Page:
Today’s Readings:
Genesis 39 & 40
Psalm 10.1-11
Proverbs 4.1-6
Matthew 13.31-58

 

Private Temptations

 

Genesis 39 & Genesis 40:

Two Responses to Temptation

 

In yesterday’s reading (Gen. 38) we saw Judah’s private immorality, followed by his initial public self-righteousness when he condemned his daughter-in-law to death.

Here in 39 we see Joseph’s righteous behavior even when tempted in private.

Now Joseph was handsome in form and appearance.

And it came to pass after these things that his master’s wife cast longing eyes on Joseph, and she said, “Lie with me.”

But he refused and said to his master’s wife, “Look, my master does not know what is with me in the house, and he has committed all that he has to my hand. There is no one greater in this house than I, nor has he kept back anything from me but you, because you are his wife. How then can I do this great wickedness, and sin against God?”

10 So it was, as she spoke to Joseph day by day, that he did not heed her, to lie with her or to be with her.

How easy it would have been for him to say, “What’s the use? What has doing good gotten me so far?”

And talk about temptation! Here’s this woman throwing herself at him, but he shows honor to his master even in his speech (a proper attitude toward authority). Most importantly, he says, “How then can I do this great wickedness, and sin against God?” (v. 9).

Joseph realized that sin is first and foremost against God. While our sins can create major problems in other relationships with people, the biggest problem they create is in our relationship with God (Gal. 6.7-8; Heb. 12.7-11). As Joseph said, how then can I do this …?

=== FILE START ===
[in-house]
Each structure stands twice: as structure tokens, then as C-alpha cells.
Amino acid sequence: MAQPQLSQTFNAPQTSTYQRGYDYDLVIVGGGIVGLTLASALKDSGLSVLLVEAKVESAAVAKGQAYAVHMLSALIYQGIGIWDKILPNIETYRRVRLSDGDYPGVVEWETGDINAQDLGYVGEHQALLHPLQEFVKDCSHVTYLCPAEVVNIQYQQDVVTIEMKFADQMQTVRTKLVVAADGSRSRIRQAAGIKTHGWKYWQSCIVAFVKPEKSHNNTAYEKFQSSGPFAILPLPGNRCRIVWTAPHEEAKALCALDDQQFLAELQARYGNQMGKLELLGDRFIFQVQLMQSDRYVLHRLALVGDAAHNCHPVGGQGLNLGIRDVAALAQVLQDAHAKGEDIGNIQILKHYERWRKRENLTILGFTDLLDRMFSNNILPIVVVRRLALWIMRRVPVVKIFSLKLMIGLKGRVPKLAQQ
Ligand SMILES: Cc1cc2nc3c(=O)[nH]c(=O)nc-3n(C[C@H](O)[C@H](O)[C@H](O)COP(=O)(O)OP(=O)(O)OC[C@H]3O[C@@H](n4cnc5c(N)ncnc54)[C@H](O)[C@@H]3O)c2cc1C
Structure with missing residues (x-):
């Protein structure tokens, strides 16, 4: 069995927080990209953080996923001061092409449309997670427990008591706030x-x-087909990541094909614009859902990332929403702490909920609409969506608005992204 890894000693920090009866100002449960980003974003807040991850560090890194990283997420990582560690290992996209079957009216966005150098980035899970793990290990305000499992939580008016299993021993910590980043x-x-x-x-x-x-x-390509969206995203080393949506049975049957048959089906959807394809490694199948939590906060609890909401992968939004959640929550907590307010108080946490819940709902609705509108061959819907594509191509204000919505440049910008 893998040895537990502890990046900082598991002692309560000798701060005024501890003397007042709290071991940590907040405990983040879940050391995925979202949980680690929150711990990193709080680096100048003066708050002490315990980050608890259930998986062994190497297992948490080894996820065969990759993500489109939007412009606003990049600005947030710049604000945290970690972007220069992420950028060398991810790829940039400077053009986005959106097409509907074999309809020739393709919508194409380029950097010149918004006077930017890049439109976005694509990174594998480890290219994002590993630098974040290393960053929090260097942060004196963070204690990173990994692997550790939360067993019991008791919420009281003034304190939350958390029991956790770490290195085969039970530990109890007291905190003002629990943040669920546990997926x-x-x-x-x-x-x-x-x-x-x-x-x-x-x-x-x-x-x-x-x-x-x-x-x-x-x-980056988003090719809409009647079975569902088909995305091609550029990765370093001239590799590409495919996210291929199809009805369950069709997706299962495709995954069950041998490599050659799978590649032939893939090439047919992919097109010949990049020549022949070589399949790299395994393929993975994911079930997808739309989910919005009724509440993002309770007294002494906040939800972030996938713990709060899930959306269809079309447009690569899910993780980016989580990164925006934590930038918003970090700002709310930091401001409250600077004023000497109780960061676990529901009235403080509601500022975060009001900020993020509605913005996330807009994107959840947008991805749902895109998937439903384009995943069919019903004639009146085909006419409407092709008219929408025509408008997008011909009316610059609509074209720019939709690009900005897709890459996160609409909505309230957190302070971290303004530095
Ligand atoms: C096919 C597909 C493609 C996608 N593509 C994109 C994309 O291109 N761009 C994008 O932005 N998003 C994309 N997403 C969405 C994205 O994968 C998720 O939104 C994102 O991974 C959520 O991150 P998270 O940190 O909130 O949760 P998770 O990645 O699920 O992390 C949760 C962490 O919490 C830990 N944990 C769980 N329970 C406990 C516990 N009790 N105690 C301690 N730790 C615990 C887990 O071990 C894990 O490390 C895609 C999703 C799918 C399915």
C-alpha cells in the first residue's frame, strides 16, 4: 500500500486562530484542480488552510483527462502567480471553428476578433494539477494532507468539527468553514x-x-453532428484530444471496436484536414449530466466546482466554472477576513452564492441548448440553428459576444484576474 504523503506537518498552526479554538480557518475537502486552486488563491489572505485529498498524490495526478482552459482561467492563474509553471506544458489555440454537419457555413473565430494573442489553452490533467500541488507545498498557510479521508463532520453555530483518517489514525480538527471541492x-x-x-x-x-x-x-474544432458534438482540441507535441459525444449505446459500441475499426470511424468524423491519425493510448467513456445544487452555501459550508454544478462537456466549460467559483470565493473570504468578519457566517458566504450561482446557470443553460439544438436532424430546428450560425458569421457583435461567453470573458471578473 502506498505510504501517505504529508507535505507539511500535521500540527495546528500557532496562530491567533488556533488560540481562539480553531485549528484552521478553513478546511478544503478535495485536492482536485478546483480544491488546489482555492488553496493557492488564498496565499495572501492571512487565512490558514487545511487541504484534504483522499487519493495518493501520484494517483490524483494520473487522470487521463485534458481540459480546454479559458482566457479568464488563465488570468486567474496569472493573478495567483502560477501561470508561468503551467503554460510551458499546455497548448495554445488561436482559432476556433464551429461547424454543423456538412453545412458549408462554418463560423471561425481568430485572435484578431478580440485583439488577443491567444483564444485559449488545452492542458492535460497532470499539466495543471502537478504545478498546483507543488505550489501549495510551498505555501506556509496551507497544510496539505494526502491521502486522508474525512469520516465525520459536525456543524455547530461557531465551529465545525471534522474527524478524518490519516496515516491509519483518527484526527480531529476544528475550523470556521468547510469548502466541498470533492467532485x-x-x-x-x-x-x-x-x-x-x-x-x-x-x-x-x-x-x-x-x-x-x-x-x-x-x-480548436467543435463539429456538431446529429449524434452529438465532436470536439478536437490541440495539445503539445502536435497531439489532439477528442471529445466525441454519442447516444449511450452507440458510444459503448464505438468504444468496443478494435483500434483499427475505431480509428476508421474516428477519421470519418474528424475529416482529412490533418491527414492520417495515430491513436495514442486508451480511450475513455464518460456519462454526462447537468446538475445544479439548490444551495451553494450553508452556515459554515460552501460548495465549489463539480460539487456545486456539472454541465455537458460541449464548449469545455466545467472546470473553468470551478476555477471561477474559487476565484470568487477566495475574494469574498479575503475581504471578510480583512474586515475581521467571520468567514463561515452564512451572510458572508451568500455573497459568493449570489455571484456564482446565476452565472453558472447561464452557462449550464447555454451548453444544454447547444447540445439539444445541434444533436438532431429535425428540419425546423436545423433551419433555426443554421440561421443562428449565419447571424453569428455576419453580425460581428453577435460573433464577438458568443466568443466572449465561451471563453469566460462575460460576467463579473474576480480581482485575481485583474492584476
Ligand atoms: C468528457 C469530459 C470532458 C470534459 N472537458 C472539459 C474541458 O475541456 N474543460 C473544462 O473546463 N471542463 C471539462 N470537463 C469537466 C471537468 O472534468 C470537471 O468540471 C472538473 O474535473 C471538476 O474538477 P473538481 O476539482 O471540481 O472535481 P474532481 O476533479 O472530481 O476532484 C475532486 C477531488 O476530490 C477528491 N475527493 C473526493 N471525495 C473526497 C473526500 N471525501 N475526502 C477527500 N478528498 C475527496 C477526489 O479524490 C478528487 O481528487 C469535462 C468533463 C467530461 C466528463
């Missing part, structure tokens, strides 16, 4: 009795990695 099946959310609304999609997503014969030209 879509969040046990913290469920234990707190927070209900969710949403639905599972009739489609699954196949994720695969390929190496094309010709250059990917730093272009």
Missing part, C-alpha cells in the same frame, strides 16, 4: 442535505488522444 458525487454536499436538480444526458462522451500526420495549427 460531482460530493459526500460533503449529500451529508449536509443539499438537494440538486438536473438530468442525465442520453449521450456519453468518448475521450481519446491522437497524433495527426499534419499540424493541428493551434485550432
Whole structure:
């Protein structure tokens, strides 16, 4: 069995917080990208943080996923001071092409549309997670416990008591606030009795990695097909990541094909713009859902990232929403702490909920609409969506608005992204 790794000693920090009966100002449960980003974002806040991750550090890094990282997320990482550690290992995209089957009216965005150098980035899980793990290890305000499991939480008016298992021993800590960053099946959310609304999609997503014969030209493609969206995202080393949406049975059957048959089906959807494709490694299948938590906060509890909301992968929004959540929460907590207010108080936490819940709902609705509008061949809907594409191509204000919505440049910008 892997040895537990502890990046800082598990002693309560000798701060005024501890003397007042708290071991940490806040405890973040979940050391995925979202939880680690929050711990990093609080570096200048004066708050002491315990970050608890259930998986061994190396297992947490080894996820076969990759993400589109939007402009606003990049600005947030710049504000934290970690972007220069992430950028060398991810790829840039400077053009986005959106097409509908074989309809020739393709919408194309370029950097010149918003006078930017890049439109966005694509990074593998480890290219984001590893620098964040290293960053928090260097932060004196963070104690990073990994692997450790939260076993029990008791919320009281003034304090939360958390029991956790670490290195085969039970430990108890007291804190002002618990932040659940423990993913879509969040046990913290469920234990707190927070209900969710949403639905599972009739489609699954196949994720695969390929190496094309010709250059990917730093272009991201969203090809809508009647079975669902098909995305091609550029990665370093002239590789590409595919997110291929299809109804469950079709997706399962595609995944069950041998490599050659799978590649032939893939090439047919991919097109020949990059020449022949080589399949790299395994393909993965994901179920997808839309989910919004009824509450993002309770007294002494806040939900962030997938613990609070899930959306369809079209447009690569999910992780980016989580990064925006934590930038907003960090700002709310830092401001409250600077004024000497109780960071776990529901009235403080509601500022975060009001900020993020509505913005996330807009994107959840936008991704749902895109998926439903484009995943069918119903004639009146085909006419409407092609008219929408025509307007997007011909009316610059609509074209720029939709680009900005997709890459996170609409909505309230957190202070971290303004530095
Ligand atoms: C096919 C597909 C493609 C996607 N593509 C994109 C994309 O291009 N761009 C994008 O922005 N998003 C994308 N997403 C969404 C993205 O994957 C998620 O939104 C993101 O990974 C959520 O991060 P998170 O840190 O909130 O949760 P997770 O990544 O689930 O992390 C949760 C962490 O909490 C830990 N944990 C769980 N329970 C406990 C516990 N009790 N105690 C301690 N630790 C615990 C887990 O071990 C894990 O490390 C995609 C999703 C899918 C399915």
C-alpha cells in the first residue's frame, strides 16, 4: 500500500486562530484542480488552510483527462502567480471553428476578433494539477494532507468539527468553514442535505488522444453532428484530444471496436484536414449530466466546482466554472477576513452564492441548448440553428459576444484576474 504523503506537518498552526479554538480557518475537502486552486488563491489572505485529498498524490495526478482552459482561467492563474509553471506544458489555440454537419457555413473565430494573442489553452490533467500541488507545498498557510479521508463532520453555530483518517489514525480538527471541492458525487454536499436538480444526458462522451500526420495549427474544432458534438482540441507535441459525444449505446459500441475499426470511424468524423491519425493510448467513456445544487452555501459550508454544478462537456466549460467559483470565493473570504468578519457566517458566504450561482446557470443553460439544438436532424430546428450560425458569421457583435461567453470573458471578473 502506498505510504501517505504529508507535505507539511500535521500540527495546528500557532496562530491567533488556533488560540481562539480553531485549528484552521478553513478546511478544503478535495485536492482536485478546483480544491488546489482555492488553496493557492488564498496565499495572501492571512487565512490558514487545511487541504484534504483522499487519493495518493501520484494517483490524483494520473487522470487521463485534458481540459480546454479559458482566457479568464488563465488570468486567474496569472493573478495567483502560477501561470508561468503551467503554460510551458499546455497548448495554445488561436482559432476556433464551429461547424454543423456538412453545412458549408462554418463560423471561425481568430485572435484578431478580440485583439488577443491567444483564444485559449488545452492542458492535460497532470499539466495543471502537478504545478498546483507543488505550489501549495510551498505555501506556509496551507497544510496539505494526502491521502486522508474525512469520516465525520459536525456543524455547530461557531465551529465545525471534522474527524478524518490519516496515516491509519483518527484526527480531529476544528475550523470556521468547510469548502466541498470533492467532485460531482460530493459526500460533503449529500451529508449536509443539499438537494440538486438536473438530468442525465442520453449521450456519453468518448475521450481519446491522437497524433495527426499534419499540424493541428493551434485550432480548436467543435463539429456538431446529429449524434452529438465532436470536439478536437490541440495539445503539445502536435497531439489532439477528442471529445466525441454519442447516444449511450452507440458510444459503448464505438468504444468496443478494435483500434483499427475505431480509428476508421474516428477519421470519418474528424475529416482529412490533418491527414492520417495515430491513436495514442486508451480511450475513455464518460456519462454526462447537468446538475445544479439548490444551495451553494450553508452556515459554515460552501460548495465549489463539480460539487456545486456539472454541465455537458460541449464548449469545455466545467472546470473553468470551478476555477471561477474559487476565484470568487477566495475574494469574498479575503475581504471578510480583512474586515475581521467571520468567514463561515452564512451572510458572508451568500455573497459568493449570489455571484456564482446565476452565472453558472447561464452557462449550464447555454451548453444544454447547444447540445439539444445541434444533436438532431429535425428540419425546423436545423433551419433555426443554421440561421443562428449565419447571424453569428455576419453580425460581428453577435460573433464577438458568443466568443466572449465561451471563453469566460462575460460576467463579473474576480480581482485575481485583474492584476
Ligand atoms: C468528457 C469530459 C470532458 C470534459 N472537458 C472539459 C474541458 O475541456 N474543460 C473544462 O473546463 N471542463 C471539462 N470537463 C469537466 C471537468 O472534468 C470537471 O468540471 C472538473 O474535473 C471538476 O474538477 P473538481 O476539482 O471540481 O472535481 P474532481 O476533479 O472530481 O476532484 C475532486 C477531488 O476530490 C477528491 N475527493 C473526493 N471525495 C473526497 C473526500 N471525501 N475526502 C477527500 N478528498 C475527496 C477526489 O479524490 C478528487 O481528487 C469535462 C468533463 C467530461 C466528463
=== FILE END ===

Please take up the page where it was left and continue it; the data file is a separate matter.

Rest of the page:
Sexual immorality, lying, stealing, drunkenness, outbursts of anger, and other sins of commission (what we do) are not the only ways we sin. We can also commit sins of omission, things we should do, but don’t—like forgiving someone who has wronged us or taking full responsibility for our own failings.

James 4.17 says, “Therefore, to one who knows the right thing to do and does not do it, to him it is sin.”

But, after repeated attempts to seduce Joseph, Potiphar’s wife falsely accuses him of trying to rape her. When she tells her husband, he has Joseph thrown into prison.

 

Tested & Tried

 

Why would God allow all this to happen to Joseph? Had God left him? Was He punishing him?

We know that isn’t the case, because the text repeatedly says that the Lord was with him:

The Lord was with Joseph, and he was a successful man; and he was in the house of his master the Egyptian. And his master saw that the Lord was with him and that the Lord made all he did to prosper in his hand. So Joseph found favor in his sight, and served him. Then he made him overseer of his house, and all that he had he put under his authority. So it was, from the time that he had made him overseer of his house and all that he had, that the Lord blessed the Egyptian’s house for Joseph’s sake; and the blessing of the Lord was on all that he had in the house and in the field. Thus he left all that he had in Joseph’s hand, and he did not know what he had except for the bread which he ate (Gen. 39.2-6).